A judge rules an unfounded tweet by Dr Christian Jessen about an alleged extra-marital affair was “outrageous”.
Northern Ireland First Minister Arlene Foster has been awarded £125,000 in damages after a defamatory tweet by TV presenter Dr Christian Jessen.
Dr Jessen tweeted an unfounded claim that the Democratic Unionist Party (DUP) leader had been having an extra-marital affair on 23 December 2019.
The post remained online until Dr Jessen deleted it on 7 January 2020.
A judge at the High Court in Belfast said it was an “outrageous libel” which was “grossly defamatory”.
Later, in an interview with the BBC, Mrs Foster called for a change in the law to combat online abuse.
Mr Justice McAlinden said the tweet had attacked Mrs Foster’s “integrity at a most fundamental level” and involved the “trashing in a very public fashion” the relationship which was most important in her life.
He told the court the tweet had called into question her suitability to hold the office of first minister at a time when delicate negotiations were continuing on the re-establishment of the Stormont executive after three years of deadlock.
“To state that a woman married for 25-and-a-half years and a mother of three children, who is a committed Christian and who is recognised as such, and who has publicly made statements extolling the importance and sanctity of marriage… was an adulterer, a hypocrite and a homophobe is a most serious libel,” said the judge.
He ordered Dr Jessen, who is best known for presenting Channel Four programme Embarrassing Bodies, to pay damages of £125,000 and Mrs Foster’s legal costs.
The judge also addressed the fact that Dr Jessen failed to respond to warnings from Mrs Foster’s lawyer – which became the subject of mainstream media coverage.
“The offending tweet remained on the defendant’s Twitter account for two weeks, a Twitter account with 311,000 followers,” he said.
“The tweet was liked approximately 3,500 times and it was retweeted 517 times.
“This outrageously bad libel cut [Mrs Foster] to the core, causing her considerable upset, distress, humiliation, embarrassment and hurt.”
During a previous hearing, Mrs Foster had told the court she was left humiliated by the unfounded rumour which “trashed” her 25-year marriage.
The court was also told that Dr Jessen did not engage with the legal case for more than 12 months because he believed “most things including court proceedings” had been stalled as a result of the coronavirus pandemic.
He said he had taken “some considerable time off” work because of ill-health and said he rarely watched television or read newspapers.
The former Harley Street doctor was asked why he had not heeded a tweet from Mrs Foster’s solicitor Paul Tweed on 24 December 2019, instructing him to remove the tweet or face legal action.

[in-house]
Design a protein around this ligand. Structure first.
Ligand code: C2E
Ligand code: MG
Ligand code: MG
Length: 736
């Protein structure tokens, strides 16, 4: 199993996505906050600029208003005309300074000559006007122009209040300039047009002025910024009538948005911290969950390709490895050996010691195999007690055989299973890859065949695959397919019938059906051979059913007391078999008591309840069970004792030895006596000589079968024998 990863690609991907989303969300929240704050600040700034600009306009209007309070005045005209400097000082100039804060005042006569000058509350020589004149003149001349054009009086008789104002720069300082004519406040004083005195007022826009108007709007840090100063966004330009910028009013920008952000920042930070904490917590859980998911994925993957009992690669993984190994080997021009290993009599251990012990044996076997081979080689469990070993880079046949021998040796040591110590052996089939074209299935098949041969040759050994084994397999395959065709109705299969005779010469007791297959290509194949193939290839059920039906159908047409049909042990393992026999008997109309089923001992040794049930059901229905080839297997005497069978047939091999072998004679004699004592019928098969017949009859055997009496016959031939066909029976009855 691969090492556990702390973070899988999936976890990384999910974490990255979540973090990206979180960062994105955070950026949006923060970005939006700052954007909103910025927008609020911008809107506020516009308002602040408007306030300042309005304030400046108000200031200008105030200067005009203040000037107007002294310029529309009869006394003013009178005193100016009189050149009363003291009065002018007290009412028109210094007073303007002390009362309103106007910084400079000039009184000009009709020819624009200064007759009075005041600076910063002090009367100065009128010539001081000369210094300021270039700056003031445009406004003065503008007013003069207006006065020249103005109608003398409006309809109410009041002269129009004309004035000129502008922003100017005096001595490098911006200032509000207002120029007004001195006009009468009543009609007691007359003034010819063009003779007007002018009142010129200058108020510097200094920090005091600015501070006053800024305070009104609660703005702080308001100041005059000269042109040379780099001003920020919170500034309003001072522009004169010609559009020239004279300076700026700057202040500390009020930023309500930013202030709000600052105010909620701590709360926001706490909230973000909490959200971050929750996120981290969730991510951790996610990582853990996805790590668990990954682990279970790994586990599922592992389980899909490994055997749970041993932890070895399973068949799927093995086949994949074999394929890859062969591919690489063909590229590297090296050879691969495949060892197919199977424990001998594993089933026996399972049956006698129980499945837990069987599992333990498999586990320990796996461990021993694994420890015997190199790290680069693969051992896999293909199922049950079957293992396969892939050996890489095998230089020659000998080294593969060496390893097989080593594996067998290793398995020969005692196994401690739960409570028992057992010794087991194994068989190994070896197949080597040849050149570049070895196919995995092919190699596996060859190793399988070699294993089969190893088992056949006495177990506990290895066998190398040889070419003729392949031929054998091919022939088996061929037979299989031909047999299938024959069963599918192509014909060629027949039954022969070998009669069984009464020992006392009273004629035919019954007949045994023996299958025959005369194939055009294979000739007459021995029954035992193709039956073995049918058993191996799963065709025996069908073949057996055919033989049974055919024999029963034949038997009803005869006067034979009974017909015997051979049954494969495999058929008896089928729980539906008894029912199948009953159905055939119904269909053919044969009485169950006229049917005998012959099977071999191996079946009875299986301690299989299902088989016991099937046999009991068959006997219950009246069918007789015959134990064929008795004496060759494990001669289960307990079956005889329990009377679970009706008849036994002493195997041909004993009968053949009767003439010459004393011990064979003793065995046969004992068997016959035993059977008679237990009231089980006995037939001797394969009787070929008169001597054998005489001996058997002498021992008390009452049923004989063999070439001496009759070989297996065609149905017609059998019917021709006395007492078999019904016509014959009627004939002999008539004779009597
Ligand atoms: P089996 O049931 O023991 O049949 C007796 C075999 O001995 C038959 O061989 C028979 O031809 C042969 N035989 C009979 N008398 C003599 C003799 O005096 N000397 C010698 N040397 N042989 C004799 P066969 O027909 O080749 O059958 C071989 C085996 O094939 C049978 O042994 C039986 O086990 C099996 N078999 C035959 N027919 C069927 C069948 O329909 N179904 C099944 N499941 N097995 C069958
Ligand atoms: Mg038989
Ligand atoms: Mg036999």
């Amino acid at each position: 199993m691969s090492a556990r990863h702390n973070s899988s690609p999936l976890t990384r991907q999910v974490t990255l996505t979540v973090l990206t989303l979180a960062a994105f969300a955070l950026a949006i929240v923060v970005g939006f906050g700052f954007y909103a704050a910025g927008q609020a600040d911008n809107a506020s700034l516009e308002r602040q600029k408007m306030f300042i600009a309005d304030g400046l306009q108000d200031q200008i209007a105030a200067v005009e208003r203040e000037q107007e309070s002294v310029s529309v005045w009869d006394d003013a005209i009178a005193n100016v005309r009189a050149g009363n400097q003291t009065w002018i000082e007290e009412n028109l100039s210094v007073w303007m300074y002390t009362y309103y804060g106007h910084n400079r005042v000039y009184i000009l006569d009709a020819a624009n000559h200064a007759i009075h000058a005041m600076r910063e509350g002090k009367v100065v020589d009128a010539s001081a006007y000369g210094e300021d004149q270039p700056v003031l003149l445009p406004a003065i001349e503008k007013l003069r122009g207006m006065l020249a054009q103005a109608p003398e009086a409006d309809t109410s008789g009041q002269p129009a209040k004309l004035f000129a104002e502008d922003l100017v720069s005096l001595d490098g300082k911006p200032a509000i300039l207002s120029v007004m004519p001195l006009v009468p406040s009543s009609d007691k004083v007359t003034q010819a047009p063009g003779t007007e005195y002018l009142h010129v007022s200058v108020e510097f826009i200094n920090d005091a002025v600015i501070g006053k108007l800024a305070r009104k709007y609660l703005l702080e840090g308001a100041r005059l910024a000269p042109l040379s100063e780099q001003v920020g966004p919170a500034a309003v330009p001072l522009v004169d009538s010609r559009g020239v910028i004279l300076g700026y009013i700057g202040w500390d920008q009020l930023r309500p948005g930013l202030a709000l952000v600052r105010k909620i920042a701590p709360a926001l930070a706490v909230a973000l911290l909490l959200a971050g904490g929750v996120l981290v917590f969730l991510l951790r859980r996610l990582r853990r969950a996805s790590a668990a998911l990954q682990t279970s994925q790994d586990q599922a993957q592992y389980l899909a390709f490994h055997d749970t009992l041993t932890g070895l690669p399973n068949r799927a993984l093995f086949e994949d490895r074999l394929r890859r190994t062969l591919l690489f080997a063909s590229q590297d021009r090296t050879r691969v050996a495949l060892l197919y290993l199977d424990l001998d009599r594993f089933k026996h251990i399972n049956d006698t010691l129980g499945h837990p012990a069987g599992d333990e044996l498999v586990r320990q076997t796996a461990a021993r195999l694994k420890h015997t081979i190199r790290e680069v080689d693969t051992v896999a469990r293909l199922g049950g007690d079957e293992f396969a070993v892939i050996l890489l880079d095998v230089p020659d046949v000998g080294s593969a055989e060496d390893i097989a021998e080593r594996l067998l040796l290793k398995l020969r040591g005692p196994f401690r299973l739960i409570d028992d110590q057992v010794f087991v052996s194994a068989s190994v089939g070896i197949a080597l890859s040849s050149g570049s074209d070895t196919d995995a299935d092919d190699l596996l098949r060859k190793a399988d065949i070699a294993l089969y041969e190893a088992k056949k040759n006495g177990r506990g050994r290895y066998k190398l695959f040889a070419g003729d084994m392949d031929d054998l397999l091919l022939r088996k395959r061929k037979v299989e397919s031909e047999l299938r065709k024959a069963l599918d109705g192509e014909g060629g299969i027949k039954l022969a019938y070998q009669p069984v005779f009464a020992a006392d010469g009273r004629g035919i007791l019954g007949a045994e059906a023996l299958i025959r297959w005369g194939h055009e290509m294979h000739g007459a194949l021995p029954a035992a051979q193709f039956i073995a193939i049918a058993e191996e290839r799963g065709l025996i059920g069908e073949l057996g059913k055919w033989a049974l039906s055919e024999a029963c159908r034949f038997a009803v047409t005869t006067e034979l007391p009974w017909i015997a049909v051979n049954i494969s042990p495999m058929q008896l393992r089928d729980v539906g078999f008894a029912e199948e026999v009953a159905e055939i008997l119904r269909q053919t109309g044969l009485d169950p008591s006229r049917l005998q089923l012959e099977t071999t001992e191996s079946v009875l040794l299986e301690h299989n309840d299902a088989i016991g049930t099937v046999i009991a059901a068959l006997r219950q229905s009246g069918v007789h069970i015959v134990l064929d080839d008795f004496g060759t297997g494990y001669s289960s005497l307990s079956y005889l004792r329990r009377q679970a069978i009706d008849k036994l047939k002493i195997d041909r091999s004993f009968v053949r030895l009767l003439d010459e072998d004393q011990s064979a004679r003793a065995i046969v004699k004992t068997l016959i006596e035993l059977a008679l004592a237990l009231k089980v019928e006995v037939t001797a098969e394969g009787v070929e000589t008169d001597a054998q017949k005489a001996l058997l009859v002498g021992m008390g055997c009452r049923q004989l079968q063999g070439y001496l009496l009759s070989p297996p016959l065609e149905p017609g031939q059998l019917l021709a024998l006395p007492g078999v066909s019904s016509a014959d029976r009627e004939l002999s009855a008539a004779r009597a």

Dr Jessen said he had read the tweet but did not realise Mr Tweed was a lawyer, adding that he would have been “scrolling through many replies”.
“I never imagined and still find it hard to imagine a lawyer would tweet a statement to me over Twitter on Christmas Eve,” he told the court.
“The likelihood of me not taking it seriously, which I didn’t, is very high.”
Belfast-based lawyer Mr Tweed is one of the world’s most high-profile libel lawyers – his client list has included singers Britney Spears, Jennifer Lopez and the late Michael Jackson, as well as Hollywood stars Harrison Ford, Nicolas Cage and Liam Neeson.
Speaking outside court after the ruling on Thursday morning, Mr Tweed described the outcome as a complete vindication for Mrs Foster and a potential “watershed” for all women who are attacked on social media.
Referring to Dr Jessen’s “LOL” response when learning of potential legal action against him, Mr Tweed said: “I don’t think Dr Jessen will be laughing this morning.”
Mrs Foster’s tenure as DUP leader will end on Friday. She remains as first minister until the end of June.
She announced her decision to resign in April after facing a revolt from DUP members.
Speaking to the BBC’s Newscast podcast on Thursday evening, Mrs Foster said she wants social media companies to require people to divulge their true identities when registering accounts.
She said she vowed to make tackling online “trolls” part of her life’s work, once she leaves front-line politics.
Mrs Foster said she was doing it, “for ordinary young people and for women who find themselves attacked just because they’re different from how people want them to be”.
She said that she was worried that people on Twitter act as if it is the “wild west”.
“Somebody needs to know who owns the Twitter account and who’ll be accountable if they decide to tweet harmful and abusive and, frankly, libellous comments,” she said.
On her libel case victory, the outgoing DUP leader said: “[It] turns out actually you can’t say what you like on Twitter and get away with it. And I think if the case today sends that message then I’m very happy about that”.